So I recently set up my OpenSUSE KVM passthrough host, and as many other people I wanted to pass through a USB PCIe card to the system.
I installed a cheap Rensas uPD720201 PCIe card from Ebay to the M.2 slot from the CPU, added its PCIe ID to the vfio script list so it’s locked out and not used by Linux. Passedthrough and started the VM…
and the VM showed all the known issues as said in this forum: the VM crashes or is unstable, it boots slowly, and more importantly the USB card does not actually work in the VM at all.
How unexpected. But I’m a strong man with manly hair on the chest, I’m not giving up.
I personally believe that Rensas is a reputable manufacturer and their driver support is pretty decent on all platforms (so much better than Fresco and VIA, for the very least), and knowing a thing or two about cheap chinese stuff, it’s almost guaranteed that firmware flashed at factory is ancient and buggy. Time to update the firmware. It’s actually easy to do, there are Windows installers for that.
I take no responsibility, if you do this yourself you take full responsibility for what you are doing.
Some background info: these cheap and cheerful 2-4 port cards don’t have brand-specific firmware, any difference is in the electrical and physical parts (you either have USB ports or USB headers, for the chip it does not matter much).
Yes you heard it here first, you don’t need to get the Startech card Jack's Hardware: The Ultimate VFIO USB 3.0 Controller
any other using the same chipset will do if you just update the firmware.
So I looked at the good old station-drivers.com for a firmware update for that chipset. I used that site before and I kind of trust it.
There is also the Startech firmware upgrade package that must be run from DOS https://www.startech.com/Cards-Adapters/USB-3.0/Cards/2-port-PCI-Express-USB-3-Card~PEXUSB3S24 and since Startech is an actually decent company the package actually provides full release notes for what was fixed in what version of this firmware.
I’m not a fan of running it from DOS if I can avoid it, so I tried the Windows applications first.
Tried upgrading with the oldest firmware from the list, 126.96.36.199, which is a release from 2012. Kind of ancient, but I had a hunch. Placed it in a Win10 PC with a free PCIe slot.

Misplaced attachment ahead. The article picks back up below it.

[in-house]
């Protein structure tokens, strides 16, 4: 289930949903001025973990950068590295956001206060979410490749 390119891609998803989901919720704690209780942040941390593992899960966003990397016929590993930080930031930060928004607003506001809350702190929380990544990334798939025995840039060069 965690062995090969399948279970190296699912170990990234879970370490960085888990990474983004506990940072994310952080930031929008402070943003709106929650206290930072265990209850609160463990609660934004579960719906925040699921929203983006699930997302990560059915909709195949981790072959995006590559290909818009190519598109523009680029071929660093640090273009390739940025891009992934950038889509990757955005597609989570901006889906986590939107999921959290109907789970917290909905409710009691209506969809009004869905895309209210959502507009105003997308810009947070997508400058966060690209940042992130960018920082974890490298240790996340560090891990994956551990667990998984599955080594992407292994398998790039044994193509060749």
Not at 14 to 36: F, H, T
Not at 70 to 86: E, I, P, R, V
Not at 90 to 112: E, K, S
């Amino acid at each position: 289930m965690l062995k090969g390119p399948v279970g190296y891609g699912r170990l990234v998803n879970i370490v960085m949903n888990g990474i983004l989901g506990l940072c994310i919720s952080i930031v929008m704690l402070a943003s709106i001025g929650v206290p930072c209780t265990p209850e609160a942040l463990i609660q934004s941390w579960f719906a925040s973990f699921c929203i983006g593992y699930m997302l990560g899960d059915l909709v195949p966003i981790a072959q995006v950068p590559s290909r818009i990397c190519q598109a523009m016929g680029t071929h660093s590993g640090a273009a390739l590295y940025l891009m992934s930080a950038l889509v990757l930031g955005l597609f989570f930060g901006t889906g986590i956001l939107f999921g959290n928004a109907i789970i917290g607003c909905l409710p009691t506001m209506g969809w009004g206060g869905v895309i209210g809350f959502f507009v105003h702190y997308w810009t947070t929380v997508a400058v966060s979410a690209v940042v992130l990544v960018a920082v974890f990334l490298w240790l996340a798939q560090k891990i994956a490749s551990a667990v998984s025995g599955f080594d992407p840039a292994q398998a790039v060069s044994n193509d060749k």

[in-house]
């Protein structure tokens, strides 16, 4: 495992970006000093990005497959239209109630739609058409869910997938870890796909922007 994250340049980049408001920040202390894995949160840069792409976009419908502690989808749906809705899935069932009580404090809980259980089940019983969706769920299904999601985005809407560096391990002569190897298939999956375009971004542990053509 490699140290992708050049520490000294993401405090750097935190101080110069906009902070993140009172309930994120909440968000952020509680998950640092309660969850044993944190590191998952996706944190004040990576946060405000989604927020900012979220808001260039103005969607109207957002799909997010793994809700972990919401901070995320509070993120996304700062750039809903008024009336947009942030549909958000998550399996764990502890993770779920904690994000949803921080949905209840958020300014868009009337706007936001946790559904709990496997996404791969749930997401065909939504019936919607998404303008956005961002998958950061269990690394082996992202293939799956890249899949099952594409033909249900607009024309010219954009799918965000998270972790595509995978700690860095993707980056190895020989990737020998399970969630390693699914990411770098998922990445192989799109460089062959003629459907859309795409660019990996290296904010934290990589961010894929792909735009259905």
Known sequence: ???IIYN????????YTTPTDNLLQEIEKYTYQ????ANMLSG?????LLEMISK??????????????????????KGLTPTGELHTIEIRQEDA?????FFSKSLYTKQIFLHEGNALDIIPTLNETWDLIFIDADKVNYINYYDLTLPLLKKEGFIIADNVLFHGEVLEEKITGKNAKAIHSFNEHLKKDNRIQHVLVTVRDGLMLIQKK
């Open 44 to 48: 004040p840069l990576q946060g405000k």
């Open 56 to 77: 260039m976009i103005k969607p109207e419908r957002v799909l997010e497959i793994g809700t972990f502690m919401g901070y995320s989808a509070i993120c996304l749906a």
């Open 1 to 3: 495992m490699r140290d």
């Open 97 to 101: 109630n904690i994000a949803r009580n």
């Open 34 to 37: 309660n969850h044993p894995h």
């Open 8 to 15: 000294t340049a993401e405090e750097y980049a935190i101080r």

Hah! It upgraded, so the firmware onboard was older than that. Or maybe it does not check firmware version before flashing?
Tried updating again with same firmware to check if the updater actually checks firmware version.
Aaand yes it does, it stops updating and tells me “firmware is already updated”. Good to know, it’s a thing to keep in mind, you can’t rollback to a previous version with these tools, so the sane way is to update to the next version and test it with the VM passthrough.
I have updated to 188.8.131.52 (same version as Startech firmware update package, which says this version was released in November 12, 2013 ) and now it’s allright. Now the VM starts at normal speed and USB work. If there is any test I can do, please tell me.
It seems the updater application will error out if there is more than one Rensas chipset to upgrade in the same system, so the people that have the fancy x4 cards with multiple controllers might be out of luck (unless you manage to disable the controllers selectively, I guess it’s doable if you fancy some microsoldering to keep the reset pin shorted to ground or something).
I had a look at the DOS executable that flashes the firmware in the Startech firmware upgrade package and it seems to have a pretty big help printout talking about all various commands you can use with it. I think that you can get it to flash newer firmware into the special x4 cards too.
I really think I’m going to buy one of those to try this out.